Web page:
Before assuming the guilt or innocence of the Cinco de Mayo Restaurant owner for money laundering, better wait for the evidence to come out and see if LE can prove their case. Just because they found no drugs at his house doesn’t mean he is innocent, and just because they suspect him of money laundering doesn’t mean he is guilty.!prettyPhoto/0/ Just saying….

Wow; talk about stretching some facts- according to CCNs reporting, Cinco de Mayo is NOT owned by any arrested suspects, because Mr. Jimenez was NOT arrested, and apparently the restaurant is owned by Mr. Jimenez’s father. Either CCN or KSBY has got some “facts” crossed up; based on the history of CCN, my money is that KSBY’s reporting is suspect and short on actual facts. Real nice little follow up at the end of the report about neighboring businesses noticing “flashy cars” frequenting the tire shop in Atascadero and Cinco de Mayo, sort of a “guilt by association” presumption. And if Mr. Jimenez is profiting so handsomely by purported money laundering, why is he working such long hard hours? Wouldn’t someone rolling in the dough take it a little easier than working two jobs and 10 to 12 hour days?

To me, so far, anything that is “suspect” is both the accusations about Cinco de Mayo being involved and the so-called “reporting” done in that hit piece KSBY put out.

As for “waiting for the evidence to come out and see if LE can prove their case”; most of the time, LE will not move on a case unless they are VERY sure that they can prove their accusations, especially when it gets to the District Attorney’s office- if they don’t think they can get a conviction, they usually drop the case, like they did with the so-called “Doobie Dozen”.

It appears the lame ass NTF agents couldn’t get their heroin to feed their buddy and they are pissed. Cory Pierce, who the FBI busted for bribery and extortion, just got handed his bs sentence. He will get his in the joint most likely. Once again, quoting the NTF agent under old bonehead Rodney John, “What the Attorney General says doesn’t mean shit. The Attorney General’s not the law, WE are the law”. Get ready to be put on the stand this next spring boys. Civil suits are coming your way from this one.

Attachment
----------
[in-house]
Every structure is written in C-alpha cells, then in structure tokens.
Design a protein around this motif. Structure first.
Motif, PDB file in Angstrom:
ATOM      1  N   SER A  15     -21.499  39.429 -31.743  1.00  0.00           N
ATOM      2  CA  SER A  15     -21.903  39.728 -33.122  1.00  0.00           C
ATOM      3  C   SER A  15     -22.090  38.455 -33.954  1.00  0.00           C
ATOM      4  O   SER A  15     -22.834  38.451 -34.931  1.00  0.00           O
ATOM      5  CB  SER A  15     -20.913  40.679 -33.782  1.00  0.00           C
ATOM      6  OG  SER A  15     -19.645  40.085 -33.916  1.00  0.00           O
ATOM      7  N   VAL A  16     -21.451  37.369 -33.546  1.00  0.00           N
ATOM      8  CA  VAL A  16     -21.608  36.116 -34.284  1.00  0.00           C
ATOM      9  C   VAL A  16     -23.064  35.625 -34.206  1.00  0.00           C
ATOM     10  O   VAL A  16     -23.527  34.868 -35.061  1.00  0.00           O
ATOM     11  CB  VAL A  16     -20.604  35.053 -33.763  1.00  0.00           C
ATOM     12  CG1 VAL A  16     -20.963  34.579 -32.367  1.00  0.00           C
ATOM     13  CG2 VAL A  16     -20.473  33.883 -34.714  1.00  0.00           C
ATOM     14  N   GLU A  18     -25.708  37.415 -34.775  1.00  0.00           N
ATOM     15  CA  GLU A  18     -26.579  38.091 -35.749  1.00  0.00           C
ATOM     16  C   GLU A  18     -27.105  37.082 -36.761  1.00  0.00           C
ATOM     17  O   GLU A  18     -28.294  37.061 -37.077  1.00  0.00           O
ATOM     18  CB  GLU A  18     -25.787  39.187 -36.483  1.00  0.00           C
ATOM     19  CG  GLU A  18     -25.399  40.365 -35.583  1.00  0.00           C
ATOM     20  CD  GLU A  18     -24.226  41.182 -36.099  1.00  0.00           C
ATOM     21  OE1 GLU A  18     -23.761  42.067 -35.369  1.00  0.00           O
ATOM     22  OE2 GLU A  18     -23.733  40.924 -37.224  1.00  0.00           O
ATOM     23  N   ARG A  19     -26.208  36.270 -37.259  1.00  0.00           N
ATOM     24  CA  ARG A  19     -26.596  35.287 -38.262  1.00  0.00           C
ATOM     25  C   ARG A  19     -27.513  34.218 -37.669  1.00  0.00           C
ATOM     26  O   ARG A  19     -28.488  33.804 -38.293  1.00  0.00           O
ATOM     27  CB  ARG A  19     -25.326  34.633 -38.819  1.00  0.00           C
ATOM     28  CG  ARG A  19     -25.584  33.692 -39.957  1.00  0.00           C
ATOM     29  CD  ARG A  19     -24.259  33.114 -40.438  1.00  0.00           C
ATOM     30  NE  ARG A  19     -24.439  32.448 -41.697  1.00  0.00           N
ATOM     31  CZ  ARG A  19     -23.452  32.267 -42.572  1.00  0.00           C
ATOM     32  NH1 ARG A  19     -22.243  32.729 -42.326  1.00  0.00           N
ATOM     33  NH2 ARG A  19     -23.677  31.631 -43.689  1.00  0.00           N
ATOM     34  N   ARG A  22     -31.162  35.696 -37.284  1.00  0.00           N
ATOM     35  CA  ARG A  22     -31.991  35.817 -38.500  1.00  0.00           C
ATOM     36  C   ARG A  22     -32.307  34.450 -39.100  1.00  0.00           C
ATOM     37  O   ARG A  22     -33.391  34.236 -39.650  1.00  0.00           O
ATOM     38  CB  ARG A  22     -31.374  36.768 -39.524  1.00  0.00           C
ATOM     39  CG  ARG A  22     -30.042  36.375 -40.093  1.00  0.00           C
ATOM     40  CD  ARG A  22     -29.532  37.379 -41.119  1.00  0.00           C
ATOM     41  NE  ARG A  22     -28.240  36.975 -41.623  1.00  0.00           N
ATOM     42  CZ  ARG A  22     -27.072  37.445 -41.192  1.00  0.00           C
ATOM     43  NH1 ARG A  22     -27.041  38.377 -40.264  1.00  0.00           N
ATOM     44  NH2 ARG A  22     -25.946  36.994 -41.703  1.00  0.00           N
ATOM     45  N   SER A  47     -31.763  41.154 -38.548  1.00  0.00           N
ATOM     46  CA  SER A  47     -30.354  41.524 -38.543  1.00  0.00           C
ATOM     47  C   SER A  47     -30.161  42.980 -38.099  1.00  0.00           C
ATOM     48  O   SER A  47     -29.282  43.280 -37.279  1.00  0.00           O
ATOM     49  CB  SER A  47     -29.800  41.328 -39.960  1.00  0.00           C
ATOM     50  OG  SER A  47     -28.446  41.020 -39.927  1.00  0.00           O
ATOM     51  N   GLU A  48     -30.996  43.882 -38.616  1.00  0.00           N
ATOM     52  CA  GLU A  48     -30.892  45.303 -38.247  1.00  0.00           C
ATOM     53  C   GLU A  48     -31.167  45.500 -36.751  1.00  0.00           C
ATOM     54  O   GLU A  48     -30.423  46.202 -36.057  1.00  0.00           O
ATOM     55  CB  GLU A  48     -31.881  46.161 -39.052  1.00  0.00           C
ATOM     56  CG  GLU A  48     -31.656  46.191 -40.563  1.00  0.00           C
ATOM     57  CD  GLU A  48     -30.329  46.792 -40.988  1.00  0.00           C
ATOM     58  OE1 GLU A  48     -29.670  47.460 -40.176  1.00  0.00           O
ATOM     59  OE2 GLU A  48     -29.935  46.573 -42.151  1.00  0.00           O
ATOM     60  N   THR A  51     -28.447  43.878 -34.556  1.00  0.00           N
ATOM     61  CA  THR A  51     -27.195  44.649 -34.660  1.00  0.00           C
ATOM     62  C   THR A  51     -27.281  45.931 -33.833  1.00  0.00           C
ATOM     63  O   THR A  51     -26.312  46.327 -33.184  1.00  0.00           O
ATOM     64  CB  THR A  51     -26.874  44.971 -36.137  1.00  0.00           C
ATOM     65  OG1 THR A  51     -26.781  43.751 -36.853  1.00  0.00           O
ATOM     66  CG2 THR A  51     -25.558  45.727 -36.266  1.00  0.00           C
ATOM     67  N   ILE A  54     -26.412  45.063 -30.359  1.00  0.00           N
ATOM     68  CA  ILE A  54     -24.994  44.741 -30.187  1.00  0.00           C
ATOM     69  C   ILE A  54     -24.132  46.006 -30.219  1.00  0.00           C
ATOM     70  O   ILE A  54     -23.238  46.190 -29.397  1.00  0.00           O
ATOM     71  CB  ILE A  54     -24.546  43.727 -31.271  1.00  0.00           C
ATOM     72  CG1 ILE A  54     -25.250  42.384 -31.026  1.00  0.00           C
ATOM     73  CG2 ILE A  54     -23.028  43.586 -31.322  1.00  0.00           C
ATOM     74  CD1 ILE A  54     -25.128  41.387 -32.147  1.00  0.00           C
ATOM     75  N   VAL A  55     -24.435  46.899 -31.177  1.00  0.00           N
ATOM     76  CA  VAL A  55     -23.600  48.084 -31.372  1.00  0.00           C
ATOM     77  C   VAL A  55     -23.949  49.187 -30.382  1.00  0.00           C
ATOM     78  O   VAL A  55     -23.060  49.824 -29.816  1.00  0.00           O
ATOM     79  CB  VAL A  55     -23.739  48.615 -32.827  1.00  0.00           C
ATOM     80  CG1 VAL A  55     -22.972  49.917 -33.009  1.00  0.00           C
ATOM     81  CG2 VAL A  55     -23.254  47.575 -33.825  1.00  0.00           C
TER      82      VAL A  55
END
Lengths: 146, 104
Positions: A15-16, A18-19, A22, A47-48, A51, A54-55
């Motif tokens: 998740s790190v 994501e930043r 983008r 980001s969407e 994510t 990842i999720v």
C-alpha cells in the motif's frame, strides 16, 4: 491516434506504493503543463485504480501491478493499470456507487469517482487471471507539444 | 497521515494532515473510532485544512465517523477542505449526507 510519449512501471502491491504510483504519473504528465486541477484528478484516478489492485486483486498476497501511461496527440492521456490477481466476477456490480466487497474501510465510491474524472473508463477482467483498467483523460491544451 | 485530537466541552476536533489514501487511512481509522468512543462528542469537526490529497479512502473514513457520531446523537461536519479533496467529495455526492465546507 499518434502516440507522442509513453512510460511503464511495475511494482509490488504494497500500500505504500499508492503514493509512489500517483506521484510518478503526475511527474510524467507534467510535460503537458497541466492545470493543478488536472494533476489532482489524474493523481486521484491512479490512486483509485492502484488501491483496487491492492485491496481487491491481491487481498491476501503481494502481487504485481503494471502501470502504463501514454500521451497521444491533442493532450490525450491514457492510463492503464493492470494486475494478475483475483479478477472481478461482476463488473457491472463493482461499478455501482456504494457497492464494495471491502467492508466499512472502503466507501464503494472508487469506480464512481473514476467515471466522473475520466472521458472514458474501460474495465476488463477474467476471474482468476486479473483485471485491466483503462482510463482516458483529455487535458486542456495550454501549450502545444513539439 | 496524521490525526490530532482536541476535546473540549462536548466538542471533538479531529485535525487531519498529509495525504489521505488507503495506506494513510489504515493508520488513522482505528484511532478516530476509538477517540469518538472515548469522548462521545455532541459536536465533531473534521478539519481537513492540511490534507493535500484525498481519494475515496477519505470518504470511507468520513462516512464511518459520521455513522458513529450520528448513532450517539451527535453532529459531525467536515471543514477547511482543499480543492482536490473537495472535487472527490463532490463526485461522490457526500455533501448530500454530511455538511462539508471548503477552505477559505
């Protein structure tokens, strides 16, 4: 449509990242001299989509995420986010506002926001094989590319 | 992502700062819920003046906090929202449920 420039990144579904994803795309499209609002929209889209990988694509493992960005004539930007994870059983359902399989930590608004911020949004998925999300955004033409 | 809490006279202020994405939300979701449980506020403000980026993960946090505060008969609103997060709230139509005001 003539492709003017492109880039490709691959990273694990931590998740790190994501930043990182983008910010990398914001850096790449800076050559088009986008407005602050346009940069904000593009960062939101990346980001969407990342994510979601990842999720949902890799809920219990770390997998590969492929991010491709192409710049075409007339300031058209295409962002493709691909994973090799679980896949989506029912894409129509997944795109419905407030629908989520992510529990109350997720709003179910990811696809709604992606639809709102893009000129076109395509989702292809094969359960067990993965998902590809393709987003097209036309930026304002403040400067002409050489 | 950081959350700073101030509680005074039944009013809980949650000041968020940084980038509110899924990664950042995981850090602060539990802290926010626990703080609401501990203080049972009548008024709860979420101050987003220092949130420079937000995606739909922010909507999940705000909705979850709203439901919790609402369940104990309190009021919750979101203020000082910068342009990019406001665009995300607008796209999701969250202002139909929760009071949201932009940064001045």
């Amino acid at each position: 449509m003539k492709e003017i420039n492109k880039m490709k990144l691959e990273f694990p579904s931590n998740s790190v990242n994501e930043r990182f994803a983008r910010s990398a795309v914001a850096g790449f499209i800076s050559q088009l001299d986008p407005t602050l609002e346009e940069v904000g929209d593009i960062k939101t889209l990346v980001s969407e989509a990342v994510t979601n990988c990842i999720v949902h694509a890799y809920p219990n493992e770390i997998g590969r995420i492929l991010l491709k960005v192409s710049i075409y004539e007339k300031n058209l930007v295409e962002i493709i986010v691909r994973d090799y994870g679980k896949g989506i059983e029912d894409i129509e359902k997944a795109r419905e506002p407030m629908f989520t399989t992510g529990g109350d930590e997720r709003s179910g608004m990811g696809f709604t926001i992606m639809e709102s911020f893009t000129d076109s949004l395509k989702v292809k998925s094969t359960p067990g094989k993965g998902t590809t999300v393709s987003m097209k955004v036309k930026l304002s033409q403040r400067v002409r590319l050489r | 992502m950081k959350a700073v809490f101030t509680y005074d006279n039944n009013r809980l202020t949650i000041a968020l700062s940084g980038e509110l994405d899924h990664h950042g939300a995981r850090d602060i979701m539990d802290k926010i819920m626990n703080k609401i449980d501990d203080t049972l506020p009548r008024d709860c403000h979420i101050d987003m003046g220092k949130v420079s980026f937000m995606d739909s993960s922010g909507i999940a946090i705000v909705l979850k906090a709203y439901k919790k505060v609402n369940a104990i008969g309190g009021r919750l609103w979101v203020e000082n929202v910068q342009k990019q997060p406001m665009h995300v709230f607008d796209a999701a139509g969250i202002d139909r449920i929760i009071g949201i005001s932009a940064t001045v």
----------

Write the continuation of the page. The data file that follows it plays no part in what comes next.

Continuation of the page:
These agents are no better than a bunch of cowboys with legal guns. Their warrant was no better than the lies Jayson Dickel pulled off to the judge in the doobie dozen fiasco. Parkinson, you either need to step down or get some employees who respect the civil rights of the general public. Good job though on the other heroin busts that were actually legit. Unfortunately, your goons got overzealous on this one and now it will cost us taxpayers dearly.

standup, Are you aware that when the NTF got disbanded, Parkinson hired them for his drug task force? Yes he did. With the way these cowboy’s acted, it sounds like the same gang that went after the doobie dozen, what with not allowing people to use the bathroom and making them stand in the cold half dressed for hours. I agree that these guy’s are over the top and there is no reason to be abusive once the house is cleared.

With the civil suits being filed by the doobie dozen and now this law suit, I think there will be some change in their egregious behavior.

At the same time, I think people don’t know what a true BAD COP is. A bad cop won’t admit a mistake, a bad cop will plant drugs when they don’t find any. This same group of LEO messed up here in A-Town at the dry cleaners a couple of years ago. Their behavior again was outrageous but they admitted that all they found was one little marijuana plant. Same thing goes with this latest raid. As long as they don’t lie about what they do or what the outcome is, I’d say we’re all safe and we just need them to stop with the gestapo act.

I am as well aware of Parky’s new group. The only two goons not involved in the “new and greater” task force would be Rodney “Wyatt Earp” John and Cory “Doc heroin holiday” Pierce.